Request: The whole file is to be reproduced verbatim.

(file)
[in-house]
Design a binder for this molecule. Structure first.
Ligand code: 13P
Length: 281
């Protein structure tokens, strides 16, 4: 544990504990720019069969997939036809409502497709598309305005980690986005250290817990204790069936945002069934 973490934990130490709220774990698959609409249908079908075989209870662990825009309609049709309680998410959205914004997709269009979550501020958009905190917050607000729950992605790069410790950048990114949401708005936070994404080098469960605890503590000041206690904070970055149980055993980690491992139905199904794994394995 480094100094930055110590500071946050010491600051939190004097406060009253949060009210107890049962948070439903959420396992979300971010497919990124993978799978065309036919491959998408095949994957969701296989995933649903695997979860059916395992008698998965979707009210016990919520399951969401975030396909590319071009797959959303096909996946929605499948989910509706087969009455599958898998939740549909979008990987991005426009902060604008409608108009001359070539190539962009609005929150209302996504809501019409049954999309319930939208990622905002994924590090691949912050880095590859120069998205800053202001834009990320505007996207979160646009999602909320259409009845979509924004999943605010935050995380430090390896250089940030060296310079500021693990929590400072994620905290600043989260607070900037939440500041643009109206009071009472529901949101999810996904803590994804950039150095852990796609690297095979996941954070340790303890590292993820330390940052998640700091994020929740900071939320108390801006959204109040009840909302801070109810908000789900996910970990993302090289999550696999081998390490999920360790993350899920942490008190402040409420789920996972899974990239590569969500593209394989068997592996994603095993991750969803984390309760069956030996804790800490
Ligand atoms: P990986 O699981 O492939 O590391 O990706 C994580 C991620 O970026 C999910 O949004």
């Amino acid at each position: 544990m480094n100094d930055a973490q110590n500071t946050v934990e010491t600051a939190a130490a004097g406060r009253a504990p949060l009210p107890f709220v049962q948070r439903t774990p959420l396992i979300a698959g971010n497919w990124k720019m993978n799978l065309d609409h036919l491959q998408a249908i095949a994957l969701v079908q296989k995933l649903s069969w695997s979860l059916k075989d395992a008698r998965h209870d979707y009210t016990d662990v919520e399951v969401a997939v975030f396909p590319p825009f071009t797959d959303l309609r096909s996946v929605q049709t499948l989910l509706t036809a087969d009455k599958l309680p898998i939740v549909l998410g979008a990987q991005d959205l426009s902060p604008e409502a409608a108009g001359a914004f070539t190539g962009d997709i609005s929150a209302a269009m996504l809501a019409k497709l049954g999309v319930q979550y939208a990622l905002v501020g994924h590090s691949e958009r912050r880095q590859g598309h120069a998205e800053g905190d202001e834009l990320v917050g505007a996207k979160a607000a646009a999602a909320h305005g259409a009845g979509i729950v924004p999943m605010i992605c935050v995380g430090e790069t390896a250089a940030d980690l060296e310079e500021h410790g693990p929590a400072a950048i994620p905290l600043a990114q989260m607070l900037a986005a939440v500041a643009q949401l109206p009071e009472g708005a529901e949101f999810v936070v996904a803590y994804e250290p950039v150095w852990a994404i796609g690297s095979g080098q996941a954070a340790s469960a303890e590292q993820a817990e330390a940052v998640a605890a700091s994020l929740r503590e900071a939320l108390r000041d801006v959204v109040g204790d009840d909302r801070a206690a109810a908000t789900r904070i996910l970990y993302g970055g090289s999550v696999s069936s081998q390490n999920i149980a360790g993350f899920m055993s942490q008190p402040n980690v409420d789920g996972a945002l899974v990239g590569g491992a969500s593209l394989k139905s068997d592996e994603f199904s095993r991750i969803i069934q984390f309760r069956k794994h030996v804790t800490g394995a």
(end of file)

[in-house]
Design a binder for this molecule. Structure first.
Ligand code: 13P
Length: 281
């Protein structure tokens, strides 16, 4: 544990504990720019069969997939036809409502497709598309305005980690986005250290817990204790069936945002069934 973490934990130490709220774990698959609409249908079908075989209870662990825009309609049709309680998410959205914004997709269009979550501020958009905190917050607000729950992605790069410790950048990114949401708005936070994404080098469960605890503590000041206690904070970055149980055993980690491992139905199904794994394995 480094100094930055110590500071946050010491600051939190004097406060009253949060009210107890049962948070439903959420396992979300971010497919990124993978799978065309036919491959998408095949994957969701296989995933649903695997979860059916395992008698998965979707009210016990919520399951969401975030396909590319071009797959959303096909996946929605499948989910509706087969009455599958898998939740549909979008990987991005426009902060604008409608108009001359070539190539962009609005929150209302996504809501019409049954999309319930939208990622905002994924590090691949912050880095590859120069998205800053202001834009990320505007996207979160646009999602909320259409009845979509924004999943605010935050995380430090390896250089940030060296310079500021693990929590400072994620905290600043989260607070900037939440500041643009109206009071009472529901949101999810996904803590994804950039150095852990796609690297095979996941954070340790303890590292993820330390940052998640700091994020929740900071939320108390801006959204109040009840909302801070109810908000789900996910970990993302090289999550696999081998390490999920360790993350899920942490008190402040409420789920996972899974990239590569969500593209394989068997592996994603095993991750969803984390309760069956030996804790800490
Ligand atoms: P990986 O699981 O492939 O590391 O990706 C994580 C991620 O970026 C999910 O949004």
């Amino acid at each position: 544990m480094n100094d930055a973490q110590n500071t946050v934990e010491t600051a939190a130490a004097g406060r009253a504990p949060l009210p107890f709220v049962q948070r439903t774990p959420l396992i979300a698959g971010n497919w990124k720019m993978n799978l065309d609409h036919l491959q998408a249908i095949a994957l969701v079908q296989k995933l649903s069969w695997s979860l059916k075989d395992a008698r998965h209870d979707y009210t016990d662990v919520e399951v969401a997939v975030f396909p590319p825009f071009t797959d959303l309609r096909s996946v929605q049709t499948l989910l509706t036809a087969d009455k599958l309680p898998i939740v549909l998410g979008a990987q991005d959205l426009s902060p604008e409502a409608a108009g001359a914004f070539t190539g962009d997709i609005s929150a209302a269009m996504l809501a019409k497709l049954g999309v319930q979550y939208a990622l905002v501020g994924h590090s691949e958009r912050r880095q590859g598309h120069a998205e800053g905190d202001e834009l990320v917050g505007a996207k979160a607000a646009a999602a909320h305005g259409a009845g979509i729950v924004p999943m605010i992605c935050v995380g430090e790069t390896a250089a940030d980690l060296e310079e500021h410790g693990p929590a400072a950048i994620p905290l600043a990114q989260m607070l900037a986005a939440v500041a643009q949401l109206p009071e009472g708005a529901e949101f999810v936070v996904a803590y994804e250290p950039v150095w852990a994404i796609g690297s095979g080098q996941a954070a340790s469960a303890e590292q993820a817990e330390a940052v998640a605890a700091s994020l929740r503590e900071a939320l108390r000041d801006v959204v109040g204790d009840d909302r801070a206690a109810a908000t789900r904070i996910l970990y993302g970055g090289s999550v696999s069936s081998q390490n999920i149980a360790g993350f899920m055993s942490q008190p402040n980690v409420d789920g996972a945002l899974v990239g590569g491992a969500s593209l394989k139905s068997d592996e994603f199904s095993r991750i969803i069934q984390f309760r069956k794994h030996v804790t800490g394995a």